WEDNESDAY, 7 AUGUST 2019
SUBJECTS: Global economy; Liberals in denial about domestic economic weakness; Reserve Bank interest rate decision; Banking misconduct and profits; Paul Keating; Liberals undermining the Superannuation Guarantee.
JIM CHALMERS, SHADOW TREASURER: We're seeing some very concerning developments in the global economy that's causing big shifts in our own stock markets and that has obvious consequences for our investors, our savers and our retirees in particular. The extent and magnitude of those consequences remain to be seen. We agree with the Government that the issues between the Americans and the Chinese need to be resolved as quickly as possible in the interests of the global economy. As the Treasurer and the Opposition Leader have both said this morning, we do need to make sure that cooler heads prevail in the interest of the global economy because nobody wins in the long-term from a prolonged economic conflict like what we are seeing at the moment, and what is threatening at the moment.
Where we differ with the Government is on this point: the Government should not pretend that all of Australia's economic challenges are global in nature or imposed on us from outside our shores. The last three days of stock market volatility does not explain the last few years of weakness in our own domestic economy in Australia and it doesn't excuse six years of inaction on the economy from this third-term Liberal Government. The Morrison Government's inaction on the economy has left Australia dangerously exposed. The Prime Minister and the Treasurer are in denial about our home-grown economic weaknesses and that's why they have absolutely no idea and absolutely no plan to turn the economy around.
The Treasurer has said that Australians are "certainly better off" than they were in 2013 but the facts tell a very different story. On the Liberals' watch we've got the slowest economic growth for 10 years; wages are stagnant; almost two million Australians are looking for work or for more work; we've got record high household debt; and living standards are actually declining as we learned from the household survey in recent weeks. The Liberal Party is in denial about these challenges. These challenges that I've run through - slow growth, stagnant wages, declining living standards, high household debt - they didn't just emerge overnight. They can't be explained away by global conditions.
I invite you to consider what the Reserve Bank said yesterday when they revised down their expectations for growth in our own Australian economy. They made three key points: they said "economic growth in Australia over the first half of this year has been lower than earlier expected, with household consumption weighed down by a protracted period of low income growth". The second point they made was that there's "been little inroad into the spare capacity in the labour market recently with the unemployment rate having risen slightly". And thirdly, that "wages growth remains subdued and there is little upward pressure at present".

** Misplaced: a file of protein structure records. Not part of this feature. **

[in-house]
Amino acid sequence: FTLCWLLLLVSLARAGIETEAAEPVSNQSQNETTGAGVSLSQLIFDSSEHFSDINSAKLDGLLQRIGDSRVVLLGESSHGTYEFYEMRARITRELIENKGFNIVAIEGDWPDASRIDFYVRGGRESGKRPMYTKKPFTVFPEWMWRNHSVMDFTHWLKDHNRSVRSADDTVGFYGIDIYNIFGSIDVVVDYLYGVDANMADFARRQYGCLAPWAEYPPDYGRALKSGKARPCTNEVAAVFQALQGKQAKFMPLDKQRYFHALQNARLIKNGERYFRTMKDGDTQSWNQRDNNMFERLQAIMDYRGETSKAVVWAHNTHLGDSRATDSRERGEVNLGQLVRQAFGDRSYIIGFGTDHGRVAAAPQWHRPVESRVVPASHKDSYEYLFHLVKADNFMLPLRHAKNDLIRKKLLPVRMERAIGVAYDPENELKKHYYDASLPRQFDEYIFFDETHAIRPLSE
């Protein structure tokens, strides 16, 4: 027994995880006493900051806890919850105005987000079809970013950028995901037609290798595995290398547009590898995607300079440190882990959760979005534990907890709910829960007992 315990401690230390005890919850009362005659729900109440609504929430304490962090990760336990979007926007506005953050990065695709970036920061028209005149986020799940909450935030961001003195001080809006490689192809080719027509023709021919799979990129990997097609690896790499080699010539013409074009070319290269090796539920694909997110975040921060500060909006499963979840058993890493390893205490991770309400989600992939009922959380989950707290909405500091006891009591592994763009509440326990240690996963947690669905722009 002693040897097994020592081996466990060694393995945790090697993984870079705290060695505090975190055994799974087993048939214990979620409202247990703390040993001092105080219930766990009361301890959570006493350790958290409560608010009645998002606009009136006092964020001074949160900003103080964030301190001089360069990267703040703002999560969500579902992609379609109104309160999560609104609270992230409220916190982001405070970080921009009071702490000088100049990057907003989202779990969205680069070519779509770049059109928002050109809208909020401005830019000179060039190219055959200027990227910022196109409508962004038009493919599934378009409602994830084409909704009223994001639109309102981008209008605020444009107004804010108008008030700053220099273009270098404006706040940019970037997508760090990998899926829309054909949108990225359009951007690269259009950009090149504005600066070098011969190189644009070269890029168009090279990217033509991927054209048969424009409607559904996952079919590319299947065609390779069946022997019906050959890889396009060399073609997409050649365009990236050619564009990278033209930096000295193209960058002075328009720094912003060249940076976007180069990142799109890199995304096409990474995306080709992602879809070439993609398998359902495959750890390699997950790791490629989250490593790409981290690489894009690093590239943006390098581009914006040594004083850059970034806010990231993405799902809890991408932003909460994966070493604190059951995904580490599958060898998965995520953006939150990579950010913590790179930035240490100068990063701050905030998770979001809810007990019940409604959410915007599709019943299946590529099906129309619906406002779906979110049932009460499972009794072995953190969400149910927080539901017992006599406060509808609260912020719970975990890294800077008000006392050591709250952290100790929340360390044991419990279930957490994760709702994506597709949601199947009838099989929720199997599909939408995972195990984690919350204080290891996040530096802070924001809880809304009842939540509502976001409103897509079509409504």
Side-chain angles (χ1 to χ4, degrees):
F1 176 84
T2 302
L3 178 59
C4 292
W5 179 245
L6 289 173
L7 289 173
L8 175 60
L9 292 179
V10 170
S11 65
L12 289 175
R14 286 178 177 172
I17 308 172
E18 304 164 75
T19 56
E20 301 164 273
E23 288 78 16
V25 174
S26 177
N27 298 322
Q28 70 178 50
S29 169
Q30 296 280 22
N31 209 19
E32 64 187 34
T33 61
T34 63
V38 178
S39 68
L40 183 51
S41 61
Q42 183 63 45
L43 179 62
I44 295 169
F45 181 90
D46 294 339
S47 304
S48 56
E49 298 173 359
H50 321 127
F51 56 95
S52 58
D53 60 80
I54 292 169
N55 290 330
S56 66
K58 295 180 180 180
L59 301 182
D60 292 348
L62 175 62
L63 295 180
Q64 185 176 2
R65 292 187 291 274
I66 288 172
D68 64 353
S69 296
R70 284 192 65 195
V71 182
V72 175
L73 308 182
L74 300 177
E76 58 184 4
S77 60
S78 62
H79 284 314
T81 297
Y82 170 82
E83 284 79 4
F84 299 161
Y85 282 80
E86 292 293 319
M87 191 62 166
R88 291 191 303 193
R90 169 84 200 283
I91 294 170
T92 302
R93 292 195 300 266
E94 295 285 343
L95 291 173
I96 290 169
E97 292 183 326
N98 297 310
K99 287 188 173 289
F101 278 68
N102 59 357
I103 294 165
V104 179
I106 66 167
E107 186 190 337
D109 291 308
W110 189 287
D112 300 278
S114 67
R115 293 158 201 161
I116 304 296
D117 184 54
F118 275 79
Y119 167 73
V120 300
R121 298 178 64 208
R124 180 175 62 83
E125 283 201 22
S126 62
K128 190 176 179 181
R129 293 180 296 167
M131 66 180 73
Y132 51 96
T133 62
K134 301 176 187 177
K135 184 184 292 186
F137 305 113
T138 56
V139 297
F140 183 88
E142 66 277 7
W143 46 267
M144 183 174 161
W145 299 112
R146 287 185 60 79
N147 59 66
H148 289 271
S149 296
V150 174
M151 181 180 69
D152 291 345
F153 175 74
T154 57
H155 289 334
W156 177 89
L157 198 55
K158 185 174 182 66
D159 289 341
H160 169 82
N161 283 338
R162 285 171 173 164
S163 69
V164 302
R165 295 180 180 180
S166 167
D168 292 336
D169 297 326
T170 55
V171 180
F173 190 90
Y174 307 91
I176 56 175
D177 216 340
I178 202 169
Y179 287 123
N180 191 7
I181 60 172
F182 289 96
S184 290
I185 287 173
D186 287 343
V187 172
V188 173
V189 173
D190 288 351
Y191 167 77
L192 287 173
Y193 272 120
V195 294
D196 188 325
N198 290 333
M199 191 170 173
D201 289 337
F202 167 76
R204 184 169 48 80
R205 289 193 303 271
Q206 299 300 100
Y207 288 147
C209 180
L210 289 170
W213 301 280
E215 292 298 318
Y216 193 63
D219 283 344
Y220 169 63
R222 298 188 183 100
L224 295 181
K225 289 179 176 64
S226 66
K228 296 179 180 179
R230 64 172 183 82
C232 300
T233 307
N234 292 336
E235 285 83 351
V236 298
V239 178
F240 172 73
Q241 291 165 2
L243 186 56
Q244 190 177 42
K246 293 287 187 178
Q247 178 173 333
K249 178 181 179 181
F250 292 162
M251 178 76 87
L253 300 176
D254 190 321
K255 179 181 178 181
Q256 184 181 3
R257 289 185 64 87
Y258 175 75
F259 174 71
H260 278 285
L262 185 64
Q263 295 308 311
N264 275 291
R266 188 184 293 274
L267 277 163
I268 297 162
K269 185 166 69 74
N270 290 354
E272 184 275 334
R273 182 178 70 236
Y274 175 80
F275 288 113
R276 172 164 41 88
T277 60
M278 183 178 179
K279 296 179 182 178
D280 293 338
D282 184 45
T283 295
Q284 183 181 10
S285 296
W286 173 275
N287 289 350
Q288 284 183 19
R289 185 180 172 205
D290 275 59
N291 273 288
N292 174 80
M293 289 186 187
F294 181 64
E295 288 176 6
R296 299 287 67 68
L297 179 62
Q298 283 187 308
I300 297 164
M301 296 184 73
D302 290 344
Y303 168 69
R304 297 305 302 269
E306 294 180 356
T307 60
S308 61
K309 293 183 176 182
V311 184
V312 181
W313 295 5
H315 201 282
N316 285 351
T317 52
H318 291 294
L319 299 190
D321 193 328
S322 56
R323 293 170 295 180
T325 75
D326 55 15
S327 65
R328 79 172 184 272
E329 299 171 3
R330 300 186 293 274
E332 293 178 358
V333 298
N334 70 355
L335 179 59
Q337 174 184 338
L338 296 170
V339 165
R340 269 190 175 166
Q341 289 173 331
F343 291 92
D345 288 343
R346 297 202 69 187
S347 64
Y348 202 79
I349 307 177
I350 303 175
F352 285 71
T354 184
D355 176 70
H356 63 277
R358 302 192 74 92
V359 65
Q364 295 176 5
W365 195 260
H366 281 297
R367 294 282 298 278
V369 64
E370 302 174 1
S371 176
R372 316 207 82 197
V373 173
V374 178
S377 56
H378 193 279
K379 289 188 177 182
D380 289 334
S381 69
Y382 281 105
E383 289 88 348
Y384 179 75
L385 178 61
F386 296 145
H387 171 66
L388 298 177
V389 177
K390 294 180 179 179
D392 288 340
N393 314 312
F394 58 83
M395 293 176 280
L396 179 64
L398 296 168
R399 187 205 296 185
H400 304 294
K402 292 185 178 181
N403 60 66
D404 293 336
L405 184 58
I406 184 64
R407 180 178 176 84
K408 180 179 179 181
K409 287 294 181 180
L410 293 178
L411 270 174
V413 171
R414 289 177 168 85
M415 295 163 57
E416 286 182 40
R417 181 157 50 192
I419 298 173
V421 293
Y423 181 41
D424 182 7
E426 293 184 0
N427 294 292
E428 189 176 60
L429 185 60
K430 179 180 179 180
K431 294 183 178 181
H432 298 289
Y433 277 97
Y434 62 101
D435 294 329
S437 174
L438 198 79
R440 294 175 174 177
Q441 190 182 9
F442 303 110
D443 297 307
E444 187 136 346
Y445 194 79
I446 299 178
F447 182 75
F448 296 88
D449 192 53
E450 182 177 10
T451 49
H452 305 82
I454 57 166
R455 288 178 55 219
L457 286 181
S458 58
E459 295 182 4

The Reserve Bank and the lowest interest rates that Australia has ever had cannot and will not on their own turn around an economy which is floundering under the Liberals. The Liberal Party under Scott Morrison has a political strategy but they don't have an economic policy. The Liberals need to stop playing silly political games in Canberra, stop banging on about the Labor Party, and actually come up with a plan to turn this floundering economy around.
I'll just make one other set of points before I invite your questions. It's profit reporting season and we've got the Commonwealth Bank today. What that reminds us is as follows: the Morrison Government needs to stop dragging their feet when it comes to implementing the recommendations of the Banking Royal Commission. We need to make sure that banks are not making profits off the back of treating their customers shabbily, particularly vulnerable people and the elderly. When banks are profitable, we need to make sure that that's on the back of performing responsibly. We need to make sure that billions of dollars in bank profits aren't the consequence of treating people badly in the system particularly people who are the most vulnerable including elderly Australians. Over to you.
JOURNALIST: Is the economy bad enough that we should be giving up the surplus and putting stimulus in now?
CHALMERS: It's possible for the Government to fund responsible stimulus for our floundering economy without threatening the $7 billion surplus that they forecast for this year. We call on the Government to bring forward, in a responsible way, infrastructure investment for example which is in many cases in their current budget off in the never-never. It's possible to do that without threatening the surplus that they've projected. The problem that we have with the Government's approach is that they are in denial about these home-grown economic challenges. They seem to think that they can pretend them away and do nothing about them. It's possible for them to bring forward some infrastructure investment, indeed, to bring forward as we had proposed, part of stage two of the income tax cuts. They should be considering all of these options. Unfortunately for Australia and unfortunately for the Australian economy, the Government's denial - the Government leaving everything up to the Reserve Bank to do all the heavy lifting - risks a bigger downturn than would otherwise be the case.